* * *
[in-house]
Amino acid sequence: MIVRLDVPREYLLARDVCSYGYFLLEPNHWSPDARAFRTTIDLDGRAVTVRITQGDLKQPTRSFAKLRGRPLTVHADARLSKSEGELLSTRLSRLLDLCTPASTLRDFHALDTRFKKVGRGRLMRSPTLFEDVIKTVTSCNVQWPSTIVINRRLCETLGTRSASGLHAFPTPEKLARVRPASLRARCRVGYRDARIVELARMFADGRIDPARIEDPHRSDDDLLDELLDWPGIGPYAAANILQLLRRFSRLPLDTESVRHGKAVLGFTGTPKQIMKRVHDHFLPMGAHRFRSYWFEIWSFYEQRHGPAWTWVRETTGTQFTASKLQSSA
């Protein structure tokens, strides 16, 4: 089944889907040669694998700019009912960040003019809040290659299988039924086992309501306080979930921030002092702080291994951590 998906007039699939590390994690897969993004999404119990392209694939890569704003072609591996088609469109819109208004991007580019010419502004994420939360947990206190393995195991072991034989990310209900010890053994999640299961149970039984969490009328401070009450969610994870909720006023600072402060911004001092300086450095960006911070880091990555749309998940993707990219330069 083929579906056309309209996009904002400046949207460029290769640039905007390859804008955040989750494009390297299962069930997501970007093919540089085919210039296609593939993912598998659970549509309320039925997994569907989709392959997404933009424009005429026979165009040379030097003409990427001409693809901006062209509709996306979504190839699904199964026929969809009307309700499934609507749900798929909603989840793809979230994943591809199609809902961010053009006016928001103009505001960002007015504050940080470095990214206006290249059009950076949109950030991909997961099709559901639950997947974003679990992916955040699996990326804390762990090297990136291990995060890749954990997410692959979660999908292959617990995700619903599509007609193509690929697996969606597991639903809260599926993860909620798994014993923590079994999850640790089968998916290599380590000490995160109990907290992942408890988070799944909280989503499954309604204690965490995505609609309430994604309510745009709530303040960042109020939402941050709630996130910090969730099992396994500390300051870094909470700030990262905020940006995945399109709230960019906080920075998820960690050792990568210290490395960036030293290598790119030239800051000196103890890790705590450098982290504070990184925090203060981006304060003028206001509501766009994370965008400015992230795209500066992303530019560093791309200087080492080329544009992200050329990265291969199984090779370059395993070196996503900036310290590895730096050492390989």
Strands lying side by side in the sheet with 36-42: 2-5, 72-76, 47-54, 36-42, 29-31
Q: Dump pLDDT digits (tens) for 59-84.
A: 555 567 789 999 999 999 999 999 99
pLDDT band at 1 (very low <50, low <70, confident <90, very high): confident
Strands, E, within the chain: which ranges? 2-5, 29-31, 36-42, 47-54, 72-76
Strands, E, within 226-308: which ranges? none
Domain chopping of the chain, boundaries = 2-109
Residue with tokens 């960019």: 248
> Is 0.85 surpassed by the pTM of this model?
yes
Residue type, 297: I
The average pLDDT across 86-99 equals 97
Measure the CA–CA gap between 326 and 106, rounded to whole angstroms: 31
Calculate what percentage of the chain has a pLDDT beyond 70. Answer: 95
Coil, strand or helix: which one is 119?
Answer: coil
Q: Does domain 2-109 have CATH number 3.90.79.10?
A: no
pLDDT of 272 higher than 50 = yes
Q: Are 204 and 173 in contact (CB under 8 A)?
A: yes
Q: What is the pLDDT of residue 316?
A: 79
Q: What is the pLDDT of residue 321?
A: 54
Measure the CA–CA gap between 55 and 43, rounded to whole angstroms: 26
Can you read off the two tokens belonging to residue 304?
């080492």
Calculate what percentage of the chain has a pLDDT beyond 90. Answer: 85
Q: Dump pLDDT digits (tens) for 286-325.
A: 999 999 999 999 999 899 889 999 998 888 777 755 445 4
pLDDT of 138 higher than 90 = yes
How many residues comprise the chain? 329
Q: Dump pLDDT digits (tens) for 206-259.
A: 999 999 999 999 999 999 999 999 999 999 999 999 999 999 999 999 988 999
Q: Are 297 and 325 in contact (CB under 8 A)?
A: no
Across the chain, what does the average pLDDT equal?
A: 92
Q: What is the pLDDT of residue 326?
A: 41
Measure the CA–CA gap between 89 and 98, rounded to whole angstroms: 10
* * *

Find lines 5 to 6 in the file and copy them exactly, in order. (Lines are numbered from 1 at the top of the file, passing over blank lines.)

Q: Dump pLDDT digits (tens) for 59-84.
A: 555 567 789 999 999 999 999 999 99